Tuesday, December 20, 2016

The Surreal Adventures of The Angry Redheaded Lawyer: "An Italian Miracle" presented by La Mama with the works of Dario D'Ambrosi

On December 12, I had the pleasure of attending this event which was an evening of performance, film screening of the works of Dario D'Ambrosi and a New York City introduction to “The Integrated Theater of Emotion.” “The Integrated Theater of Emotion” is a university level program for mentally disabled people created by Italian actor/director Dario D'Ambrosi, who is also the founder of a theatrical movement called Pathological Theater (Teatro Patologico). The program itself is for people with mental disabilities such as schizophrenia, autism, Down Syndrome or catatonic to academically and professionally participate in careers in theater arts in all aspects, not just the acting realm.

At La Mama December 12, Actress Celeste Moratti served as interpreter at "An Italian Miracle," an evening of a performance, panel discussion and film screening, to introduce New York to "The Integrated Theatre of Emotion," a university-level program for mentally disabled people that has been established by Italian actor/director Dario D'Ambrosi. Photo by Jonathan Slaff

The panel discussion planned for this event was not able to happen due to the Italian government officials who'd planned to participate being unable to attend. Nonetheless, this was an immersive evening and very educational on the whole. The food from Serafina Restaurant was also delicious, as I figured it should be. I remember walking by a location near the Westchester Supreme Court, seeing a sign they had regarding giving your mate the gift of a meal there & “she will love you forever” and being reminded of Quinn Morgendorfer from the '90s show “Daria” always trying to get guys to take her to Chez Pierre (a pricey place in the fictional town of Lawndale where the show takes place, presumably the most expensive place in town); I even posted a picture of that flyer on Instagram and remarked that Serafina is apparently the Chez Pierre of White Plains.

The first presentation we saw was scenes from “The Buzzing of the Flies,” a play by Dario D'Ambrosi with Greta Scacchi and Giorgio Colangeli. This is a story about a group of scientists and psychiatrists trying to return folly to the earth, in order to fight boredom and depression that has resulted from a world where madness has been eliminated. A SWAT team is dispatched to capture 3 different crazy people: a temperamental painter whose wife and child have left him (Franco Brunelli, whose son is introduced at the beginning of the piece seeking answers from the lead psychologist involved in the project), a child who lives in his own mind and wears headphones and a gifted piano player whose gift was suppressed by his family and spends his time counting the butterflies he mentions to a member of the SWAT team sent to retrieve him.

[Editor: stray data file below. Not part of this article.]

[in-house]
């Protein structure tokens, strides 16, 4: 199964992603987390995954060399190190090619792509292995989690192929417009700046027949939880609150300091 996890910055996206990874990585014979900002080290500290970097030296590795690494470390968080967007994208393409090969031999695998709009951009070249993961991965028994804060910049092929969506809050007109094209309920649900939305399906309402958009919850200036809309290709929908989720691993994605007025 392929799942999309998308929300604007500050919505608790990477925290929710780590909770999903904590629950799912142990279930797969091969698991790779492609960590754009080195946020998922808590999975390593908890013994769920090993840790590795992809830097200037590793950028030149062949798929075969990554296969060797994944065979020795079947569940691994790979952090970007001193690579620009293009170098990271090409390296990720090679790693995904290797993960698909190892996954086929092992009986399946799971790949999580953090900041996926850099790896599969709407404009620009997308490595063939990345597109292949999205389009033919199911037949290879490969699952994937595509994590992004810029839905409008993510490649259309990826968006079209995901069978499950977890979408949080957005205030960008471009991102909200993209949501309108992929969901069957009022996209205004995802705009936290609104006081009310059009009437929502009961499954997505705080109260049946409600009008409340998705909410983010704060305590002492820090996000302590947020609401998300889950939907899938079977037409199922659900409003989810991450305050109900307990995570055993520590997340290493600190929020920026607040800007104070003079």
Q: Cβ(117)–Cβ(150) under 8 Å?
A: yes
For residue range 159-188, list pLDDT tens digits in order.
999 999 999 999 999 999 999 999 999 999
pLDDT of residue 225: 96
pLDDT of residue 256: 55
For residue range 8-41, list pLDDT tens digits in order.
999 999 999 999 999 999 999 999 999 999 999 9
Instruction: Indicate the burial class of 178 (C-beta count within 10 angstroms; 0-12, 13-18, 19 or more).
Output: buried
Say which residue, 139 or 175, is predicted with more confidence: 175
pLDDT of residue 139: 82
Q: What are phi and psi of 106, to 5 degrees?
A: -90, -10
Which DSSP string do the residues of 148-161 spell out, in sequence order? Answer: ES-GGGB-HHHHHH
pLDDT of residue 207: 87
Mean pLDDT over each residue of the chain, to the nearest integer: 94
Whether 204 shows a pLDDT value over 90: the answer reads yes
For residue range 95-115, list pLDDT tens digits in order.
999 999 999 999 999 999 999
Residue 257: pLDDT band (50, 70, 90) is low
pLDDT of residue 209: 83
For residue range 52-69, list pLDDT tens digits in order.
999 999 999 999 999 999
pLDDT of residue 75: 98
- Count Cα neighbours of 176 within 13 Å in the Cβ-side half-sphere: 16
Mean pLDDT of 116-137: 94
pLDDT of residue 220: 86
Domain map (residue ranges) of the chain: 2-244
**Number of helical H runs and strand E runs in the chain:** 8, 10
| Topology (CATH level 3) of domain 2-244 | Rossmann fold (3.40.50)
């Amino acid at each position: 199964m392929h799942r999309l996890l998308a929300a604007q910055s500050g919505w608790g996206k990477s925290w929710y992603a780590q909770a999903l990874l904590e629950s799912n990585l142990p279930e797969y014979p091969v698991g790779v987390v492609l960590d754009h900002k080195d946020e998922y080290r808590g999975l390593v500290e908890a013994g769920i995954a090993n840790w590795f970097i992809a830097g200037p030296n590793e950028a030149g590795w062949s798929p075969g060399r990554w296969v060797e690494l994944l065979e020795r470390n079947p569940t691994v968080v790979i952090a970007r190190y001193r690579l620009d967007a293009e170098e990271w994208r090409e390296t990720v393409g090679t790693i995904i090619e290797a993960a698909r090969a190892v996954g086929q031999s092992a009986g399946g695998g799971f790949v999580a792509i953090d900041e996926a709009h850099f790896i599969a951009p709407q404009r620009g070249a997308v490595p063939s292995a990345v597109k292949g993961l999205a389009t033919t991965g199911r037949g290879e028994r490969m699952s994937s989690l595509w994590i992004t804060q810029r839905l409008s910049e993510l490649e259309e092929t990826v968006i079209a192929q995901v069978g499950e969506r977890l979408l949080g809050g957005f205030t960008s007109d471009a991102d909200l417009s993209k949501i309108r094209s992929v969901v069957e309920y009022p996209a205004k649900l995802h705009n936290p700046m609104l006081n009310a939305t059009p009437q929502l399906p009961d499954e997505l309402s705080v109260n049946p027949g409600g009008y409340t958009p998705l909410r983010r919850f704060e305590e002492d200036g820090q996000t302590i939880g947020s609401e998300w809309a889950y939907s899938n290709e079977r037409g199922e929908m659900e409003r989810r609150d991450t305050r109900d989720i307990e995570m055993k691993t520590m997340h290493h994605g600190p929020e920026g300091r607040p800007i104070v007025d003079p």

Scene from "The Buzzing of the Flies" by Dario D'Ambrosi.

Eventually the trio bond and we learn that one of the scientists at the facility (Dr. Natalia) also has a mental disorder she has shielded from her colleagues and superior. She thinks it's wrong to “amp up” the trio's psychoses to drive them over the edge for the sake of this “experiment” and helps them escape from the institute by running away instead of committing suicide as they'd originally planned after the “treatment” designed to serve as a form of “therapy.”

There was also a live presentation of the “Integrated Theater of Emotion” university course and a screening of “An Italian Miracle” to illustrate to the audience what this program is all about.

Finally, we were treated to the film “L'Uomo Gall – Days of Antonio” by Dario D'Ambrosi with Celeste Moratti, Luca Lionello and Dario D'Ambrosi. Antonio is a boy from a poor rural province outside Milan who was born mentally handicapped and with one leg shorter than the other. His parents banished him to live in a chicken coop, where he considered himself a rooster and acted as a chicken. Eventually, he is taken to a psychiatric hospital where he tries to live a more normal life. His roommate, played by Dario D'Ambrosi, despises him at first but eventually grows to feel empathy and affection toward Antonio despite Antonio's not living up to his standards of order and cleanliness. The group of characters we meet at the hospital include one actress who was in attendance for this event. She played Antonio, the boy who thinks himself a rooster. This film takes places in the 1920s though I was reminded often of “One Flew Over the Cuckoo's Nest.” Specifically, it felt like “One Flew Over the Cuckoo's Next” times a million in the anguish and badness factor. There is no way you'd get away with doing a film like this in the US and the atrocities you see Antonio go through leave the viewer not being able to help but feel empathy for him. However, there were also light moments in the film such as when the patients are taken to the beach and the girl who's always naked and drawing on herself with lipstick goes right into the ocean sans clothing and feels “right at home.”